Could the Tigers release Magglio Ordonez?

Michael Rosenberg of the Detroit Free Press speculates that if Magglio Ordonez doesn’t start hitting soon, the Tigers could eventually release him this season.

It may be too early to bench or release Ordoñez , but it’s not too early to wonder about him. Here are some of Ordoñez’s numbers entering the Tigers’ game in Minnesota Tuesday night: .241 batting average, 108 at-bats, three extra-base hits, sixth in the batting order, 35 years old. I mean, the numbers could be worse. His cholesterol level could be 500. But those numbers are disturbing.

It’s not too early to ask questions. And with Ordoñez in 2009, the biggest question is this: Will he stay in the lineup?

It is a $30-million question.

At the end of this season, the Tigers will either pick up an $18-million option on Ordoñez or pay him a $3-million buyout. The Free Press Math Department tells me that’s a $15-million difference. Then there is another $15-million option for 2011.

I doubt the Tigers want to pay Ordoñez $30 million when he is 36 and 37 years old. Manager Jim Leyland has already dropped him in the lineup and started to remove him for defensive purposes. You don’t do that if a guy is worth $15 million a year.

But getting out of this contract is like getting out of the little island of Manhattan at rush hour: It seems like it should be easy, but it isn’t. Ordoñez’s agent, Scott “I know you hate me, but give me an hour and I’ll get you to pay me to hate me” Boras, negotiated trigger clauses into this deal. If Ordoñez has 135 starts or 540 plate appearances this season, his 2010 option becomes guaranteed. And if he has 270 starts or 1,080 plate appearances between this season and next, his 2011 option becomes guaranteed.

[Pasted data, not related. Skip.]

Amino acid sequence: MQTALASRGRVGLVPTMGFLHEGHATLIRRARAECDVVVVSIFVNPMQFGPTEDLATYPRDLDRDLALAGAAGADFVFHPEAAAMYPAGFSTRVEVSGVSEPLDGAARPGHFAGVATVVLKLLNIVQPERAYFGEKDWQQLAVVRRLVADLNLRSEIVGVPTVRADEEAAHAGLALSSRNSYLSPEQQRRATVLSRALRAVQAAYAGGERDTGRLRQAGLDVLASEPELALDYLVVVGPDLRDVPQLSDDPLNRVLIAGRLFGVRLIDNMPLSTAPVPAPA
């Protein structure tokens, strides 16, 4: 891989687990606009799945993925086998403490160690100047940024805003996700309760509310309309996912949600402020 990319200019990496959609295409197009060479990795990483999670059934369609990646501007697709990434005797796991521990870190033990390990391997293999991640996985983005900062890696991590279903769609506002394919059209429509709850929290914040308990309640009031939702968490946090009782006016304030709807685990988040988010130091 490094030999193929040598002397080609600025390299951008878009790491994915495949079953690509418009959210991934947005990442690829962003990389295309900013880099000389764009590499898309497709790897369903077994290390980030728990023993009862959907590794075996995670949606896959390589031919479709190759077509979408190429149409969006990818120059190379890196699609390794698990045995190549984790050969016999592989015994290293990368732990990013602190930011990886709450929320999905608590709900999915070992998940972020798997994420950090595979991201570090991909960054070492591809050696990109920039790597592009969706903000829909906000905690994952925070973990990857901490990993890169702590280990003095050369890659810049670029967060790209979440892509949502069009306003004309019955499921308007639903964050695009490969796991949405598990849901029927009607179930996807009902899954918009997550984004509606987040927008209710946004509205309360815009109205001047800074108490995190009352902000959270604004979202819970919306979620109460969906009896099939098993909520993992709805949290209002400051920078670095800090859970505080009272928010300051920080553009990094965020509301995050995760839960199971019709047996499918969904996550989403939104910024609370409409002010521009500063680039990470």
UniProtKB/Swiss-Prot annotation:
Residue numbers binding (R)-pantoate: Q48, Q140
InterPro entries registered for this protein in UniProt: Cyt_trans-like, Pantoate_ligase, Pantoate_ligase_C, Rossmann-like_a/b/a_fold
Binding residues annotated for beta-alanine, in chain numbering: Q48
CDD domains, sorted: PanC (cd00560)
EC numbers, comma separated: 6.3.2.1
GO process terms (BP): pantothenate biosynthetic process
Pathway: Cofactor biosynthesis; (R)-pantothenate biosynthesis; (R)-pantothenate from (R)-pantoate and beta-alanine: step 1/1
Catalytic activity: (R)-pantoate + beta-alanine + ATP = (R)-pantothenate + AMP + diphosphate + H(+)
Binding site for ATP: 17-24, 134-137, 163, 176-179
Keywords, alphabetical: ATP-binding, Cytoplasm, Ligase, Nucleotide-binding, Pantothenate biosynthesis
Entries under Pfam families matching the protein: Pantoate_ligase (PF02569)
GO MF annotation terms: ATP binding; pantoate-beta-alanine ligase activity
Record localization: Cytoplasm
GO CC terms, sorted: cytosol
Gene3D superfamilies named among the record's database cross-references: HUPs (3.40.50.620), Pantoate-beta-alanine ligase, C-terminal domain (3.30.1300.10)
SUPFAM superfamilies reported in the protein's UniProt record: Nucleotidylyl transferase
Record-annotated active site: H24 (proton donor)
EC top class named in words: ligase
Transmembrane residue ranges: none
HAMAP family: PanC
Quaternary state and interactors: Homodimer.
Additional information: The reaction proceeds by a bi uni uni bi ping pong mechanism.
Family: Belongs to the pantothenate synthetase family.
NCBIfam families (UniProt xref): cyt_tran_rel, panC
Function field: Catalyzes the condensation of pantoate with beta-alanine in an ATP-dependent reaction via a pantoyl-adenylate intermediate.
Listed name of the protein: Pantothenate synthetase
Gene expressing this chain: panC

If Ordonez was hitting well, then it would be foolish for the Tigers to release him just to save money. But he’s currently one of the worst hitters on the team and as the article points out, why continue to play him so he reaches the appropriate amount of plate appearances and therefore assure that his contract is guaranteed? If he continues to struggle, why not release him and save that money so GM Dave Dombrowski can dump it into more productive players next year?

The only issue is whether or not the Tigers would be on the hook for Maggs’ salary if he reaches 135 starts or 540 plate appearances with another team. I would assume they would only be responsible for a certain amount, but I don’t know the details of his contract so I can’t answer that question.

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